Movie Review ~ Oz the Great and Powerful

The Strider had an unexpected evening off from work this week (actually, he had several off but that’s a long story I may get to in another post) and so we took the opportunity of going on a date. We’d both been interested in the Oz movie from trailers and so it seemed like a good choice. I thought chances were good that some of our readers might be curious about it too, so here’s a quick review, both from a parental standpoint and a story standpoint.

Overall, I’d give the movie a B. They tried very hard to make it clean and family friendly, which I appreciate. There were two or three swear words at the beginning of the movie, although it was clear that the person who was using them was being a complete jerk and that his behavior in that scene wasn’t something desirable at all.  There was one line that was a mild double entendre, but it will *definitely* go considerably over several heads and, again, is said in a context less that is less than positive.

Perhaps the most frustrating part, as an unabashedly conservative Christian viewer, was some of the costuming choices. As my husband said, it was like they couldn’t quite decide what they wanted to do with the three queens’ costumes: make them extremely low cut, cleavage revealing, and seductive, or simply have them be elegant and a bit low. There would occasionally be sudden revealing shots that seemed to come out of the blue, and then things would be back to semi-normal. If you’re like us, you’ll be a bit frustrated by this too. In this area, if you’ve seen Ever After or any of the Jane Austen movies, I’d say it’s semi-comparable (Oz is a bit better).

The message of the movie is *very* sweet and positive. The main character starts out as an egotistical selfish con man who says he doesn’t want to be a “good man,” the world is full of “good, church-going men” like his father who worked every day in the soil ’til he died in it. He doesn’t want that… he wants to be a “great man.” And then at the end of the movie, it is made quite clear that being good for the small things and the less powerful people in life is much, much better than being “great.”

What brought the movie down to a B, though, was some of the editing and story development choices. It definitely draaaggged in several places; they were clearly making it with the hopes of heavy sales of the 3-D version, and so we got way too many long meanders through the countryside of Oz. Yes, Disney, you’re very talented; yawwwwn, yes, I’m impressed by your digital animation skills; yaaaawwwn, another field of flowers, really?! The movie could have been shorter *or* they could have spent more time focusing on character development, as they had several excellent concepts that I would have loved to see developed further.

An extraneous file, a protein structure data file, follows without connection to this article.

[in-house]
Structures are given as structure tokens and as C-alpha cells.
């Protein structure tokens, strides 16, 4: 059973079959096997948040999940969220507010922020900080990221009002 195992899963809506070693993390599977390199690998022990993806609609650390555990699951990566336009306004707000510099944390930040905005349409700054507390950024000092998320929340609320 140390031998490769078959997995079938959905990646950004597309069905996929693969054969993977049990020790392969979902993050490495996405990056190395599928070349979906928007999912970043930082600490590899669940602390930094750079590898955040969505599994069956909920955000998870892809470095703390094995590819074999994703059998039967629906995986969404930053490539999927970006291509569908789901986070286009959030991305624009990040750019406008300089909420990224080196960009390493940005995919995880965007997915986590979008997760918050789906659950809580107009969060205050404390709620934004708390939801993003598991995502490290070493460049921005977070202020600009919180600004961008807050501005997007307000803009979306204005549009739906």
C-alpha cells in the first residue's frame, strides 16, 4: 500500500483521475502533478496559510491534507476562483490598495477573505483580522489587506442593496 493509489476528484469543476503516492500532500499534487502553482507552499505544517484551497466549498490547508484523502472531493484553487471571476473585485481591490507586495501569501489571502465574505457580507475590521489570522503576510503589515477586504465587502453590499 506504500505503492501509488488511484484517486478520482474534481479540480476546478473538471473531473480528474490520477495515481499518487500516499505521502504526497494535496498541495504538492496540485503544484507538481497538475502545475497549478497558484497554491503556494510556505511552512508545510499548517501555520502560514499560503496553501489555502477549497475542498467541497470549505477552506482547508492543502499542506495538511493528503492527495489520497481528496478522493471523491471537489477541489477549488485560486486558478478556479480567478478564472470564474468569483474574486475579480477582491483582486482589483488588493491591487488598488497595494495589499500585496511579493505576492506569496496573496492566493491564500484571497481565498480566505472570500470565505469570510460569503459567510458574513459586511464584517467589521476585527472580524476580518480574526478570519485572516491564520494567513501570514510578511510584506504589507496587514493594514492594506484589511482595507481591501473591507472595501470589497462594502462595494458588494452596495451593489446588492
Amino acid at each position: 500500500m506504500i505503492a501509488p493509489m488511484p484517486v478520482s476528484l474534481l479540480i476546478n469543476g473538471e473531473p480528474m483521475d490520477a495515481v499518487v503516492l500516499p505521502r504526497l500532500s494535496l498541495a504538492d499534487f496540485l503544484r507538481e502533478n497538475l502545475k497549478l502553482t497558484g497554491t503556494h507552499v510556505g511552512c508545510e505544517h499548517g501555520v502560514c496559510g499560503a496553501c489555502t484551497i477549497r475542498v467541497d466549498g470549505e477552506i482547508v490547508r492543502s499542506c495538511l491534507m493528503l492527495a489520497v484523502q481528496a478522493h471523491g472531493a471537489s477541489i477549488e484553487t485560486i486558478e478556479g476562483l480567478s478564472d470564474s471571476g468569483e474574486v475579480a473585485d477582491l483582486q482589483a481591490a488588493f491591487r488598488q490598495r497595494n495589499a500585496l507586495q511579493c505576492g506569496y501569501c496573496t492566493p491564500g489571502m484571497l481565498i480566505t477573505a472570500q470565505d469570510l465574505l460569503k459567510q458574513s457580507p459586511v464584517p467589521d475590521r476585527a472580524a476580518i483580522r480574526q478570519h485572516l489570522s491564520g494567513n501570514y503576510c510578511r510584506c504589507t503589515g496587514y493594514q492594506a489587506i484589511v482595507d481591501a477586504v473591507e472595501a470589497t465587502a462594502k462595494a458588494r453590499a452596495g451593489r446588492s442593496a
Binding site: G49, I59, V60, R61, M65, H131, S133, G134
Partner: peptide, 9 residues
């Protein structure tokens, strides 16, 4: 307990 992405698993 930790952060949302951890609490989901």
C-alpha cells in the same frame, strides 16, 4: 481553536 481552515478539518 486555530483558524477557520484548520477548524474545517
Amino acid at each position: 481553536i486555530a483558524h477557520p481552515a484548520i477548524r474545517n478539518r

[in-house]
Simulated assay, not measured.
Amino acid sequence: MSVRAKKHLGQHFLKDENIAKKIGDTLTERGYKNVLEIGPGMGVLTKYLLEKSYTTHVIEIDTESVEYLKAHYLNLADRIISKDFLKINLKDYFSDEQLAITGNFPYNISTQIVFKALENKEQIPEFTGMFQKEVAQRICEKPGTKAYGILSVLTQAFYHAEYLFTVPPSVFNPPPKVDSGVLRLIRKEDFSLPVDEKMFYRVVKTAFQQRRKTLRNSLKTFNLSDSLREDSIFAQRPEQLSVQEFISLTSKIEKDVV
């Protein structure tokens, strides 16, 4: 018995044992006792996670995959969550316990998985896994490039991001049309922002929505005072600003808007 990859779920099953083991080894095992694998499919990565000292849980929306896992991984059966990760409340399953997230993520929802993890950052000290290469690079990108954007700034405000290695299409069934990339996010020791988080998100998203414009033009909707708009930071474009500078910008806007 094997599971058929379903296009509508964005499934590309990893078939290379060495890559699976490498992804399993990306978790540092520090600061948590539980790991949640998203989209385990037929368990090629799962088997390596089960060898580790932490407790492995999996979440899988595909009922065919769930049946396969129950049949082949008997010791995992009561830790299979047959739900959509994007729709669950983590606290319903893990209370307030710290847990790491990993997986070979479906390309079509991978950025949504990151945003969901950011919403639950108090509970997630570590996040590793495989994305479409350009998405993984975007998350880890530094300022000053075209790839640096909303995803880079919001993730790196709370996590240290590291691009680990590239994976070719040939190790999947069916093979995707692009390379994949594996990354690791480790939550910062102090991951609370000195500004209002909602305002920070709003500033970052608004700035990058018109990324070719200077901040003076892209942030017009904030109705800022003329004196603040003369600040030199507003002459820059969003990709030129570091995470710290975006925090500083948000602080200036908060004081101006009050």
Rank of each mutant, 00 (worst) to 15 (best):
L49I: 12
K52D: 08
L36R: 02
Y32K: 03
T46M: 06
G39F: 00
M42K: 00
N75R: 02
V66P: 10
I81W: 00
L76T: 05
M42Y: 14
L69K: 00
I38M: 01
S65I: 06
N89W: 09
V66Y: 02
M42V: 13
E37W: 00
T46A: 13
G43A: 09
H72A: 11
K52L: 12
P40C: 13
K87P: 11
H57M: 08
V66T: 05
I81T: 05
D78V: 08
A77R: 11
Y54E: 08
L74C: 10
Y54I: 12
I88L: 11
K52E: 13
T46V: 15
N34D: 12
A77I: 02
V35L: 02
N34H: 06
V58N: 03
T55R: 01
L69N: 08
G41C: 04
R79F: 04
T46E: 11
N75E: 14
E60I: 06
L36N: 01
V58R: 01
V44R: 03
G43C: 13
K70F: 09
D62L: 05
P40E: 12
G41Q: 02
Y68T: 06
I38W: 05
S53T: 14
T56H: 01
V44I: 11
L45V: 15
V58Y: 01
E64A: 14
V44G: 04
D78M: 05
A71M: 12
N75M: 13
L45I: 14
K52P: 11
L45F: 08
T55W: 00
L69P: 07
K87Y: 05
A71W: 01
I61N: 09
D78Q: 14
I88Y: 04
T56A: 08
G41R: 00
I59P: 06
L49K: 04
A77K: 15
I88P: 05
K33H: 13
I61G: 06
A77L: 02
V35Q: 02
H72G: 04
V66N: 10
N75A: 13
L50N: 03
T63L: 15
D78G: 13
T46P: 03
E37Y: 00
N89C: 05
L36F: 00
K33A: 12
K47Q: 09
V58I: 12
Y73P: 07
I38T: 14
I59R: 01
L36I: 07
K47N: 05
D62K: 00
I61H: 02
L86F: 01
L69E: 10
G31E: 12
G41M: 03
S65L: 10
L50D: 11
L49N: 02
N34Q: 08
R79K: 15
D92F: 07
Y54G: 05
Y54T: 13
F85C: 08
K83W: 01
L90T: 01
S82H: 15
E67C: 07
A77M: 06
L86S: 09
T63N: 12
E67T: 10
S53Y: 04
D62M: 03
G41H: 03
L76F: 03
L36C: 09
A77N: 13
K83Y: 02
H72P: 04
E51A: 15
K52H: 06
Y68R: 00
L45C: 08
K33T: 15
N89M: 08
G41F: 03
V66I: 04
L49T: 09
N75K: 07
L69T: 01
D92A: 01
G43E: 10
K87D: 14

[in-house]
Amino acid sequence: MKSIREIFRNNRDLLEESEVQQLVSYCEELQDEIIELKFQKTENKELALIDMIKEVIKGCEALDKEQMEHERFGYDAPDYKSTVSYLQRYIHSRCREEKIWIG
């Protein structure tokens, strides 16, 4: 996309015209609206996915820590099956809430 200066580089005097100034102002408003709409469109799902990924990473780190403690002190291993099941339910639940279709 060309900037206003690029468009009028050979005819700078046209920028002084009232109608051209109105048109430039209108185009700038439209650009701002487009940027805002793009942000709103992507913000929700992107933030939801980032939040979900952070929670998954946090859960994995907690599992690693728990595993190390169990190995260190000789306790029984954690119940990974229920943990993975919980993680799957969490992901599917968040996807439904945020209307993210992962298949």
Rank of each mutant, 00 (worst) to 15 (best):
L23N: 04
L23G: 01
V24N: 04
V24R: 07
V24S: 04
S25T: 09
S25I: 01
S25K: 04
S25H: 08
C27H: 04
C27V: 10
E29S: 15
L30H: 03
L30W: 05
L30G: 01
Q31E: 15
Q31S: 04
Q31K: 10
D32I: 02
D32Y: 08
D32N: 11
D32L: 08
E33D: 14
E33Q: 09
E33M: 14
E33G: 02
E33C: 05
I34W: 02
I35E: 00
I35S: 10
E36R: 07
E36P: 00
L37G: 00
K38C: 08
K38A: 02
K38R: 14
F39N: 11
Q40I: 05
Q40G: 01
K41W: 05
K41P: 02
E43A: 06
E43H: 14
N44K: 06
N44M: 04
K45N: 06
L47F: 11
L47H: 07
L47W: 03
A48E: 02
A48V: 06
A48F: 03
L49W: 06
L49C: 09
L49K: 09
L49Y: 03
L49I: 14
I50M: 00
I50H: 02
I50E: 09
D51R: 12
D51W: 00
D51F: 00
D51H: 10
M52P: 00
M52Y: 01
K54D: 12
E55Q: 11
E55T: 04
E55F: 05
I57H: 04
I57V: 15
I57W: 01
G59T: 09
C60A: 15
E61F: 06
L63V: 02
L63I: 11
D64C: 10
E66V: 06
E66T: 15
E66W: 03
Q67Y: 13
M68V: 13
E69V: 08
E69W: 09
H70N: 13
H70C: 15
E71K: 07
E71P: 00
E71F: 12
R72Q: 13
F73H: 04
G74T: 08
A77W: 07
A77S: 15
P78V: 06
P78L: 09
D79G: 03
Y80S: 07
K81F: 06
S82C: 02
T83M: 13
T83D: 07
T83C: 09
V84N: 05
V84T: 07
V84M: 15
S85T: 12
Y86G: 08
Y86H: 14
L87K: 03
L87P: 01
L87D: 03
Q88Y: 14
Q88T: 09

Scariness wise: I’m not going to put an age on it, as it varies wildly for children, but I think there are several parts that are potentially too sad and/or scary for a small child to see in the theater. I’m an almost 30 year old woman and I jumped with at least two scenes (greatly amusing my husband), and this doesn’t even count some of the darker scenes without any startling effects (surveying the broken village of china town, for instance). If you have a strongly empathetic or emotional youngster, you might want to wait to show them this ’til it’s on the small screen. If your children have been comfortable with Harry Potter, Lord of the Rings, or the Hobbit, they’ll probably be okay with this one.

One thing I am curious about is how much of the story was taken from L. Frank Baum’s writings. I read The Wizard of Oz when I was nine, so it’s been a while and I remember very little from it. I haven’t read any of the others yet, although you can get the complete collection for Kindle for .95, so maybe I’ll do that and catch up soon. :)

Have any of you seen it? What would you add to my review? 

 

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4 Comments

  1. Posted March 8, 2013 at 12:40 pm | Permalink

    Not that it adds to the movie recommendation, but I learned that three of the Winkie guards are young men that my family knows. I met their mother when she was expecting one of those Winkie guards and her husband is the person who baptized me. She introduced me to the idea of large families, homeschooling, and the idea that there is another worldview than what I learned at school – without ever once making me feel guilty about any of the not-so-hot choices I had made. I hear her voice when reading the DHM talk about money management. :) All well over six feet tall, they barely made the costume height limit. Perhaps not a great reason for us to see the movie but good enough…though will be at redbox when we do.

  2. TheHeadGirl
    Posted March 8, 2013 at 12:51 pm | Permalink

    Stephanie, that is so cool! That is a wonderful reason to see the movie (and I do think you’ll enjoy many other parts of it too :) .

  3. jules
    Posted March 8, 2013 at 3:01 pm | Permalink

    Nothing to do with the movie, which I may wait until it comes on television to see, but I have all those books!!! They are the 1960′s printing, but I loved reading them when I was a child!

  4. Frances
    Posted March 8, 2013 at 7:31 pm | Permalink

    “There would occasionally be sudden revealing shots that seemed to come out of the blue, and then things would be back to semi-normal. If you’re like us, you’ll be a bit frustrated by this too.”

    Umm …

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